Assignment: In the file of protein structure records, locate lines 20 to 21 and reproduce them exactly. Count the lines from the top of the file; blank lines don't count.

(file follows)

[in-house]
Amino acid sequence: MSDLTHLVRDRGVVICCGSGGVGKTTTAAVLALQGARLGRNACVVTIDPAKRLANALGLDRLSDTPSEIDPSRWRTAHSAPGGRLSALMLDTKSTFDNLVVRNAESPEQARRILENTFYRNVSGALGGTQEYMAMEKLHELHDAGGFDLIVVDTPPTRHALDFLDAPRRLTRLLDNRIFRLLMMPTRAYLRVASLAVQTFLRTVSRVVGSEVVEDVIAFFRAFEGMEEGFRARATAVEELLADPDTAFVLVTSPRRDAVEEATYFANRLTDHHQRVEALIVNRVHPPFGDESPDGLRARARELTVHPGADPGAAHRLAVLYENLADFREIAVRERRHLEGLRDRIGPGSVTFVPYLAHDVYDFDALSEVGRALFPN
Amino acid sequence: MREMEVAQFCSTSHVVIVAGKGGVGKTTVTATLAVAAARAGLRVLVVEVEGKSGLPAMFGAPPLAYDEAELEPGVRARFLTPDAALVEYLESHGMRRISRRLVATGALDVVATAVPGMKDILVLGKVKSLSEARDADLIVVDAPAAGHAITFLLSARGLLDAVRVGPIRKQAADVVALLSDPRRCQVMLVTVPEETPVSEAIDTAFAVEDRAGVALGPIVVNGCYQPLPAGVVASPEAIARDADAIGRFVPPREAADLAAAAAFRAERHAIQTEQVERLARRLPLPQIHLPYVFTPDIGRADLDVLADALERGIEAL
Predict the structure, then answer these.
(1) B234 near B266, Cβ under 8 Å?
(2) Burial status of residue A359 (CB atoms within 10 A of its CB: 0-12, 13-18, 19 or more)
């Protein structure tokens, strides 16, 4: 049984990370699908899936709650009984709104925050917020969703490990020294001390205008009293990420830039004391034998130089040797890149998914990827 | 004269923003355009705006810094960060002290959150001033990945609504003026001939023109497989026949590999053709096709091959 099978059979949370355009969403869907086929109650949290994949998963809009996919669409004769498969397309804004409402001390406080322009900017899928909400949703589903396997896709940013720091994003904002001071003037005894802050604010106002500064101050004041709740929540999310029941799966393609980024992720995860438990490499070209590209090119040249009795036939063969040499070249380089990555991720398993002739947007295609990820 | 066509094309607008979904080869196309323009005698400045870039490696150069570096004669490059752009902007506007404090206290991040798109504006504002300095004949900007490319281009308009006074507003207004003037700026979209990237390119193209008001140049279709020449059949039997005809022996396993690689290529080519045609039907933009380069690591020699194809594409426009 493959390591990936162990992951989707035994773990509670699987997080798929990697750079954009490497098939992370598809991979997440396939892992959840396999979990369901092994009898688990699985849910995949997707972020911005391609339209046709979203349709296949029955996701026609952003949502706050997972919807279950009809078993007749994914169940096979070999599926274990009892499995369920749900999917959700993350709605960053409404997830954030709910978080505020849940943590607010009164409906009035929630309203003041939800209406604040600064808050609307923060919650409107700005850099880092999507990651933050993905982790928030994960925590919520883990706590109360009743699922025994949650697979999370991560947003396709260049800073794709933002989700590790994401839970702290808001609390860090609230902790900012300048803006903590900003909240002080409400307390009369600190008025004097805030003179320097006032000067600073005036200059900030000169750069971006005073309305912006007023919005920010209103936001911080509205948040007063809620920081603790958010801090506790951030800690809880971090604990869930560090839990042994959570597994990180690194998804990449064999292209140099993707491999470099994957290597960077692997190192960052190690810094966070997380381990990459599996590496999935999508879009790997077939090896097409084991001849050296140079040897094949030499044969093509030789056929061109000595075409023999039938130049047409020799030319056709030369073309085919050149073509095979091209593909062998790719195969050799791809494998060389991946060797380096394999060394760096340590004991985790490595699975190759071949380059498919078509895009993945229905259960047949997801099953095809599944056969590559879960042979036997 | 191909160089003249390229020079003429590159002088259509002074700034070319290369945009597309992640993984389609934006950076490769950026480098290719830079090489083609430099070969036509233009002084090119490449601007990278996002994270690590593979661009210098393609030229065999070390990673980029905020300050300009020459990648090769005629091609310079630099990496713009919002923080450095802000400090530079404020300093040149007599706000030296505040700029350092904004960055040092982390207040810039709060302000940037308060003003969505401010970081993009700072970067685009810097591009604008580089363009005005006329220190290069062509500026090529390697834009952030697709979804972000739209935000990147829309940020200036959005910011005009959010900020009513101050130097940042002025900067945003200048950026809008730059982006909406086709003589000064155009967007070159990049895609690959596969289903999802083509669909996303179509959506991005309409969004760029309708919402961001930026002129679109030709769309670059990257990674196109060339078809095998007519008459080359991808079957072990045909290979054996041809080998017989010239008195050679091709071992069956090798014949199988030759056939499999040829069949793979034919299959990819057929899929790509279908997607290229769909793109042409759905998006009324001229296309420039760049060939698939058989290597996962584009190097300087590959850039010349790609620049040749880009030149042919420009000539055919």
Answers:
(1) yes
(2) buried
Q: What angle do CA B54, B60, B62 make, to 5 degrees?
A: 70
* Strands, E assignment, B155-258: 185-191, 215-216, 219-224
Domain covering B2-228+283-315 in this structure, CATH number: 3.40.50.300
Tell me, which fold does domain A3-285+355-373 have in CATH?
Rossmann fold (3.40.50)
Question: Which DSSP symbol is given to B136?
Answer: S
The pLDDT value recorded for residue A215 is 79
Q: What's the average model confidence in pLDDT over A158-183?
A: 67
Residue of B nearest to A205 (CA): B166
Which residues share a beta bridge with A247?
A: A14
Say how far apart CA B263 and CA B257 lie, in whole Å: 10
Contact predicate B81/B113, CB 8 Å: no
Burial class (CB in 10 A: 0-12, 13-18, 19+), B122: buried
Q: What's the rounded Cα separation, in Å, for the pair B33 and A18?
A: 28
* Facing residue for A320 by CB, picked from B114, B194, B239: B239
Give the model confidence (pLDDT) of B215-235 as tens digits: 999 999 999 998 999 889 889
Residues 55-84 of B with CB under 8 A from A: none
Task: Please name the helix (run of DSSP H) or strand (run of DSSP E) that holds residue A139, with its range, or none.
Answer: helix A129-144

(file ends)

Q: What's the average model confidence in pLDDT over A158-183?
A: 67